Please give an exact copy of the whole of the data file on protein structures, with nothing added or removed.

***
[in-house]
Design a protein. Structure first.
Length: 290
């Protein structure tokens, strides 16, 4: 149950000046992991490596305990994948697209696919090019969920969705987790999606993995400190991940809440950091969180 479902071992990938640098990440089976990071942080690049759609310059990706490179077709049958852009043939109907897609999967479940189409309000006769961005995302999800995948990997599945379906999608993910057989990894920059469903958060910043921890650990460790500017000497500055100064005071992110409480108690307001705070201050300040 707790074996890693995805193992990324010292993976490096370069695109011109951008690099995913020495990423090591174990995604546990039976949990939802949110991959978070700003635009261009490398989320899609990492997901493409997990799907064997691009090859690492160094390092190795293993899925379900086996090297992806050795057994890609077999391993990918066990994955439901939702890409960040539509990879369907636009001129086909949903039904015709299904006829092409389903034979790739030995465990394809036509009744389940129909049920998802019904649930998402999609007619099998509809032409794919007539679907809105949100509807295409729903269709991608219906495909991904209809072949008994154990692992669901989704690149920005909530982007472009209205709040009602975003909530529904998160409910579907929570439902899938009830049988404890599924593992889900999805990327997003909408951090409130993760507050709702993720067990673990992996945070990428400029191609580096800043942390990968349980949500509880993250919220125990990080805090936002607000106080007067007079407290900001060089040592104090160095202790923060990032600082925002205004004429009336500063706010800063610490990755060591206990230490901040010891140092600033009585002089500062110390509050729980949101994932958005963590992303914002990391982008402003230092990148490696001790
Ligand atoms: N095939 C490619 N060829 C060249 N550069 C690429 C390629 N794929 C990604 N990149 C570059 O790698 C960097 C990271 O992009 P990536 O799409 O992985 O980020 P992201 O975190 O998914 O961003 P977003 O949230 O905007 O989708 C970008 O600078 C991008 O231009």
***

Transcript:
[in-house]
Design a protein. Structure first.
Length: 290
């Protein structure tokens, strides 16, 4: 149950000046992991490596305990994948697209696919090019969920969705987790999606993995400190991940809440950091969180 479902071992990938640098990440089976990071942080690049759609310059990706490179077709049958852009043939109907897609999967479940189409309000006769961005995302999800995948990997599945379906999608993910057989990894920059469903958060910043921890650990460790500017000497500055100064005071992110409480108690307001705070201050300040 707790074996890693995805193992990324010292993976490096370069695109011109951008690099995913020495990423090591174990995604546990039976949990939802949110991959978070700003635009261009490398989320899609990492997901493409997990799907064997691009090859690492160094390092190795293993899925379900086996090297992806050795057994890609077999391993990918066990994955439901939702890409960040539509990879369907636009001129086909949903039904015709299904006829092409389903034979790739030995465990394809036509009744389940129909049920998802019904649930998402999609007619099998509809032409794919007539679907809105949100509807295409729903269709991608219906495909991904209809072949008994154990692992669901989704690149920005909530982007472009209205709040009602975003909530529904998160409910579907929570439902899938009830049988404890599924593992889900999805990327997003909408951090409130993760507050709702993720067990673990992996945070990428400029191609580096800043942390990968349980949500509880993250919220125990990080805090936002607000106080007067007079407290900001060089040592104090160095202790923060990032600082925002205004004429009336500063706010800063610490990755060591206990230490901040010891140092600033009585002089500062110390509050729980949101994932958005963590992303914002990391982008402003230092990148490696001790
Ligand atoms: N095939 C490619 N060829 C060249 N550069 C690429 C390629 N794929 C990604 N990149 C570059 O790698 C960097 C990271 O992009 P990536 O799409 O992985 O980020 P992201 O975190 O998914 O961003 P977003 O949230 O905007 O989708 C970008 O600078 C991008 O231009």